WASHINGTON, March 31, 2011 — The United States must do more to prepare for natural disasters on the scale of the recent earthquake and tsunami in Japan, and more cooperation is necessary to combat transnational criminal organizations, the commander of U.S. Northern Command said here yesterday.
In testimony before the House Armed Services Committee, Navy Adm. James A. Winnefeld stressed his command’s role in preparing for manmade or natural disasters.
The magnitude 9.0 earthquake off the coast of northern Japan caused a tsunami that inundated many areas of the country. The quake also triggered failures in the Dai-Ichi nuclear power plant.
“The tragic events in Japan over the last several weeks highlight the importance of being prepared to respond to disasters, including those providing little or no notice, such as earthquakes, and those involving accidental or intentional release of harmful substances, as in Japan’s case, the release of radionuclides,” Winnefeld said.
Northcom, which has responsibility for the United States, Canada and Mexico, is a key player in America’s response to natural or manmade disasters. Generally, the command works in support of the Federal Emergency Management Agency and stands ready to provide capabilities needed in the event of an emergency.
“Time is our enemy in these disasters and we search every day for ways to become more agile to meet the needs of our partners,” the admiral said.
The command, based in Colorado Springs, Colo., works with interagency partners to ensure all have the same playbook, Winnefeld said. In the last year, he added, he has been working to achieve unity of command and control over state and federal military forces that might respond together in the wake of a disaster.
“I can also report that [Northern Command’s] relationship with the National Guard, who is such a capable partner and on whom I rely so much for my mission accomplishment in several key areas, is superb,” he said.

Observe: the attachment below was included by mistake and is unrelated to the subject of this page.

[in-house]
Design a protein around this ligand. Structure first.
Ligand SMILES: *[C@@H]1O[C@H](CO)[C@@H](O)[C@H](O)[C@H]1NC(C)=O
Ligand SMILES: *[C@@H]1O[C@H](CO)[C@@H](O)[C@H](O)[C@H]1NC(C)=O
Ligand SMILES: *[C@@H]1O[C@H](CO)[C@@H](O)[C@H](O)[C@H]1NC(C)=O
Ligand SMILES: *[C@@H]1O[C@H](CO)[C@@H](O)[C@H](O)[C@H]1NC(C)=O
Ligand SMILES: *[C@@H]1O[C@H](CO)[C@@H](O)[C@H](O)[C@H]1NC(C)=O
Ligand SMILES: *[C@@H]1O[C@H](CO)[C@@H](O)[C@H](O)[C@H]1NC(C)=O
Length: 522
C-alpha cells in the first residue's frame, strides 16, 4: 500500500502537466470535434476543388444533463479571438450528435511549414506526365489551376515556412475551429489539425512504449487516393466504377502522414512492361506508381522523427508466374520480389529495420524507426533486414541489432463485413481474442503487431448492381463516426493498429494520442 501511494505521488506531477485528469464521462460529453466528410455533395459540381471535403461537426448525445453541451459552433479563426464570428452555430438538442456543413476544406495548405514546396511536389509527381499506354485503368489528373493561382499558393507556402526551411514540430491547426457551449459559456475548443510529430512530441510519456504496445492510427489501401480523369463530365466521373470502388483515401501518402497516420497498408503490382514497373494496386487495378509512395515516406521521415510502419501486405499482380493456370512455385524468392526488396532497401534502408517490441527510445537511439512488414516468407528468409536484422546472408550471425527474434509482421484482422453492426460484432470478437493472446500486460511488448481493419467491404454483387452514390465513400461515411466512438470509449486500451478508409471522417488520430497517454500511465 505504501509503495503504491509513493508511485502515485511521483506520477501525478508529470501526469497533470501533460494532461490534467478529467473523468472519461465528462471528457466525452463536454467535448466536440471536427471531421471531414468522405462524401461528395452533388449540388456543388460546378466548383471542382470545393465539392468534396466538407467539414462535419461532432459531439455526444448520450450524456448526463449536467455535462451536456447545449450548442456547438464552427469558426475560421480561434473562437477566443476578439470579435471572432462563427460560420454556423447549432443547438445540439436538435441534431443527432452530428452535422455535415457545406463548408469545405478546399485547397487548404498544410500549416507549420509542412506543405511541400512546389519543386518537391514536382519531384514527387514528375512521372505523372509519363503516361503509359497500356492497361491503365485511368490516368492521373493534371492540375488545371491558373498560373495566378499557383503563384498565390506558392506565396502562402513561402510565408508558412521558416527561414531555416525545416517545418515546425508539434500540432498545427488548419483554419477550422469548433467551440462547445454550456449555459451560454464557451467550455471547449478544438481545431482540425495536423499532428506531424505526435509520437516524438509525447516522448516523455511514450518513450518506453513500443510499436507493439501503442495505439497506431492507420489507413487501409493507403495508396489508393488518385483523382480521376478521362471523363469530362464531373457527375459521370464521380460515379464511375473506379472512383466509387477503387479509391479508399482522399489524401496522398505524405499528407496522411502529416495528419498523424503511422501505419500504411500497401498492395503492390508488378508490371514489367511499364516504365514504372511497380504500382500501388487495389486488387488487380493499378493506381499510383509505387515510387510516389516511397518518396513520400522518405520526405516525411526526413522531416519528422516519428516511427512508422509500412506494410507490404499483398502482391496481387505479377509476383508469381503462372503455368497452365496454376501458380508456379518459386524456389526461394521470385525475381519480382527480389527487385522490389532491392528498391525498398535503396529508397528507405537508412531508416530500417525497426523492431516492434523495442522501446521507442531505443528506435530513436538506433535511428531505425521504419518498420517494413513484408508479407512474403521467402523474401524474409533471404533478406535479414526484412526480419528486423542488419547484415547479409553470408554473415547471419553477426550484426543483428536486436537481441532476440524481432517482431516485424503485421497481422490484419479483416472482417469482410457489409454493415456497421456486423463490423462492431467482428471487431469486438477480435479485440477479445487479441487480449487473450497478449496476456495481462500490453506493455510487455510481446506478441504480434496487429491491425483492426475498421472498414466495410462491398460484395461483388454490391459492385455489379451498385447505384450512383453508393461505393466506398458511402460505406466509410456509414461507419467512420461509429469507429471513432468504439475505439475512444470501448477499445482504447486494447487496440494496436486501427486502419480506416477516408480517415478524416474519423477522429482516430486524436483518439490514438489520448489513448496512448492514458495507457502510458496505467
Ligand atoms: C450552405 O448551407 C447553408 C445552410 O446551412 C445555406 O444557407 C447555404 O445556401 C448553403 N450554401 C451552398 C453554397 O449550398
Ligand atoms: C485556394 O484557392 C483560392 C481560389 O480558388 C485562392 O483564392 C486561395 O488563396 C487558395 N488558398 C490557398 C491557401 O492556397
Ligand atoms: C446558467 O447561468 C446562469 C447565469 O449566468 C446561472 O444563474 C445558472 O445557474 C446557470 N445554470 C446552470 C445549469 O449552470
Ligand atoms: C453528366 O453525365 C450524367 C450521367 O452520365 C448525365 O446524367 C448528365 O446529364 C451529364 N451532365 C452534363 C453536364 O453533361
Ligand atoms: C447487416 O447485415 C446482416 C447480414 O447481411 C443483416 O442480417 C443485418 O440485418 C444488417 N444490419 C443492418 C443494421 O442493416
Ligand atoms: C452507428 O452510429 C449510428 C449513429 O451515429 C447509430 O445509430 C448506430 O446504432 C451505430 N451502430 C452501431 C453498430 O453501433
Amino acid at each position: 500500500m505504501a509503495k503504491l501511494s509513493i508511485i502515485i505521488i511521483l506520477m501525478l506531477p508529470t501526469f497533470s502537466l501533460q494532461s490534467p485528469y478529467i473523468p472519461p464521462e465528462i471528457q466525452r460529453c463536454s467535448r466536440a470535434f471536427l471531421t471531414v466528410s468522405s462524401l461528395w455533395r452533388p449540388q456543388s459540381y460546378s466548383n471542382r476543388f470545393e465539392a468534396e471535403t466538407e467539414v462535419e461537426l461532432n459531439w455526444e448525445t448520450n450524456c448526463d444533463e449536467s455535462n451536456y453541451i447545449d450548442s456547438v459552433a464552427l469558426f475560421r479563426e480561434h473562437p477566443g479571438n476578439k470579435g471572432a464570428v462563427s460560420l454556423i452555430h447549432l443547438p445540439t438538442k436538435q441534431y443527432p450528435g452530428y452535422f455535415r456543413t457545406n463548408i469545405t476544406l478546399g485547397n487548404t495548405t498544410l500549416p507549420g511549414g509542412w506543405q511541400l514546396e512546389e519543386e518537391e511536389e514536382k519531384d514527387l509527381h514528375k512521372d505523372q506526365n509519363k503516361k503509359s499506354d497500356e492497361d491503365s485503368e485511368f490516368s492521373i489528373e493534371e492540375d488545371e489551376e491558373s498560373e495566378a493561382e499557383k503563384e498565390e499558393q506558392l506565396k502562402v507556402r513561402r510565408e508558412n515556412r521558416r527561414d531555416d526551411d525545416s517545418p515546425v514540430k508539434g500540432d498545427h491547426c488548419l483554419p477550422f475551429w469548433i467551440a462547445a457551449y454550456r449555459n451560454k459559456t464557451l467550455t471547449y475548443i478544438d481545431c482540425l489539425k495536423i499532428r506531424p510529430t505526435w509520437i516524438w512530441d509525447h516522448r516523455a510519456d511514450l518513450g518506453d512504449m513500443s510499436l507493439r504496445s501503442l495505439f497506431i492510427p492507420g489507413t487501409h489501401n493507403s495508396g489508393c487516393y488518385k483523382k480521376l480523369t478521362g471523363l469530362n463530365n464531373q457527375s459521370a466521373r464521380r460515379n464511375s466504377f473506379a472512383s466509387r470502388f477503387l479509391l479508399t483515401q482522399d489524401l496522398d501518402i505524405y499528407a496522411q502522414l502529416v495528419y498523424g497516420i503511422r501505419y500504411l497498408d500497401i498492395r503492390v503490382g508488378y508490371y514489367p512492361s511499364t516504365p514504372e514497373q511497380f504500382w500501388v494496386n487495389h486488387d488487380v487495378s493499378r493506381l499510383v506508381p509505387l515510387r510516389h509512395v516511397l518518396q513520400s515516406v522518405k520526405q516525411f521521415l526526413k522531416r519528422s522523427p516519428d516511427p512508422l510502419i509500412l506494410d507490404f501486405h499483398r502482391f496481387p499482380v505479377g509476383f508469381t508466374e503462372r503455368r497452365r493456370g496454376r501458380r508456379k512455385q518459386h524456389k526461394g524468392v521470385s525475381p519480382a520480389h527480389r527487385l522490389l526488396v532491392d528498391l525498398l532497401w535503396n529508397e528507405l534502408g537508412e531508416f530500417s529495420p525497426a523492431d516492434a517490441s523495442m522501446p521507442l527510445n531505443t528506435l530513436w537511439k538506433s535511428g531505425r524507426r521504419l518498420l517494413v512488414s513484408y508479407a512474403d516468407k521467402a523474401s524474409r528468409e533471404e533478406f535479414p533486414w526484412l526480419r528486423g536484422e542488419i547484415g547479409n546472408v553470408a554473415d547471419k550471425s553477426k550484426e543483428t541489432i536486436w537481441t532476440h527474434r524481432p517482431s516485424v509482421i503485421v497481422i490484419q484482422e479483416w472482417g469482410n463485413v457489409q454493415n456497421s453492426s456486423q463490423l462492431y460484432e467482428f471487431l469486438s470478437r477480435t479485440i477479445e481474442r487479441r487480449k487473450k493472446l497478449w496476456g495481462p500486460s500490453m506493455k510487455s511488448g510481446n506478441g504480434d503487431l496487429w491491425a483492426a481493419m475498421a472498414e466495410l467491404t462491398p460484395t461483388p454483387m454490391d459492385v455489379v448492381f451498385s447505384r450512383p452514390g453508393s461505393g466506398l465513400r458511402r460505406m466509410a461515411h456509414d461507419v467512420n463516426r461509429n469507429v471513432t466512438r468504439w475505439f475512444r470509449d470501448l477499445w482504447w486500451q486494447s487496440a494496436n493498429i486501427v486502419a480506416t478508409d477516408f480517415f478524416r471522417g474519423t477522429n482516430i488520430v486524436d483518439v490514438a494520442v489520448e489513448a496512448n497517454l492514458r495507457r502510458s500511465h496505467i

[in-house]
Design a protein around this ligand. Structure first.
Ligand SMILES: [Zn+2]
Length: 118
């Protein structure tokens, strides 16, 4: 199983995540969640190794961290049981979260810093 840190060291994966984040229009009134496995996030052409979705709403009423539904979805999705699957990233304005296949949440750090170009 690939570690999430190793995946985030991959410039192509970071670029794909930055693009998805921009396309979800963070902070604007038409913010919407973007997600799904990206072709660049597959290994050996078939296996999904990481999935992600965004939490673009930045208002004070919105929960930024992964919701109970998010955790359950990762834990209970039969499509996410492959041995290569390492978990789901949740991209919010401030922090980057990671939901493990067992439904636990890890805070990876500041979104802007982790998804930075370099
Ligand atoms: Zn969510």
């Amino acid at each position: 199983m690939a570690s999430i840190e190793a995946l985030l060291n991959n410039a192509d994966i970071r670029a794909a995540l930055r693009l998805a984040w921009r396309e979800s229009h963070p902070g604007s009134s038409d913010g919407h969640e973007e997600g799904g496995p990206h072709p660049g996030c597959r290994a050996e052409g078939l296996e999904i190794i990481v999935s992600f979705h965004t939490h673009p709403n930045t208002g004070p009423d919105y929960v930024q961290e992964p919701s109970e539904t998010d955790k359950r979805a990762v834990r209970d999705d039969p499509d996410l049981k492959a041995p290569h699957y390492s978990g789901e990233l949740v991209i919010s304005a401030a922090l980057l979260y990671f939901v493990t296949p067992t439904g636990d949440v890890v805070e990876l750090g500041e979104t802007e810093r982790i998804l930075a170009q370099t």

The command is responsible for defending the United States against terrorism and transnational criminal organizations. Winnefeld also serves as the commander of the joint U.S.-Canadian North American Aerospace Defense Command.
Northcom works closely with U.S. Southern Command to counter groups that deal in drugs, people, weapons and money, the admiral said. In Mexico alone, he told the House panel, these criminal groups have killed more than 35,000 people since December 2006.
“We work with law enforcement agencies within the United States and in conjunction with U.S. Southern Command in support of the efforts of our partner nations in the hemisphere,” he said.
President Barack Obama and Mexican President Felipe Calderon have called the relationship a true partnership. The United States has a responsibility to reduce drug consumption and the illicit flow of arms and money to Mexico, and Mexican authorities have the responsibility to interdict drugs going north and to strengthen the rule of law so that criminals are put and kept in jail, Winnefeld said.
“The Mexican government has displayed exemplary moral, physical and political courage in undertaking this important struggle, … because they know this is about the future of Mexico, and I take my hat off to them for this,” the admiral said. “The Mexican military has been asked by its civilian leadership to join with Mexican law enforcement agencies to support this struggle in the right way, respectful of Mexico’s democratic ideals and the nation’s commitment to the rule of law.”
The Mexican military is working to counter a sophisticated, unconventional threat by integrating intelligence and operations, Winnefeld said. The Mexican army and navy are working together and with interagency partners.
“We know this is hard, because we’ve been down the same road, and in some ways, we’re still on the same road,” he said. “So I tell my capable Mexican partners that we don’t know it all, we’ve made our own mistakes along the way, and we seek the kind of engagement that helps them benefit from our experience.”
Regardless of the desire to help, the admiral stressed, any aid the U.S. military may offer is only provided at the request of Mexican officials.
“We have much to offer, but Mexico is always, always in the lead in Mexico,” he said. “The Mexican government has a strategy. They’ve defined with us a substantive framework to guide our cooperation and they’ve invited us to work with them to support their efforts. But again, they’re always in the lead in their country.”
U.S. Department of Defense
Office of the Assistant Secretary of Defense (Public Affairs)
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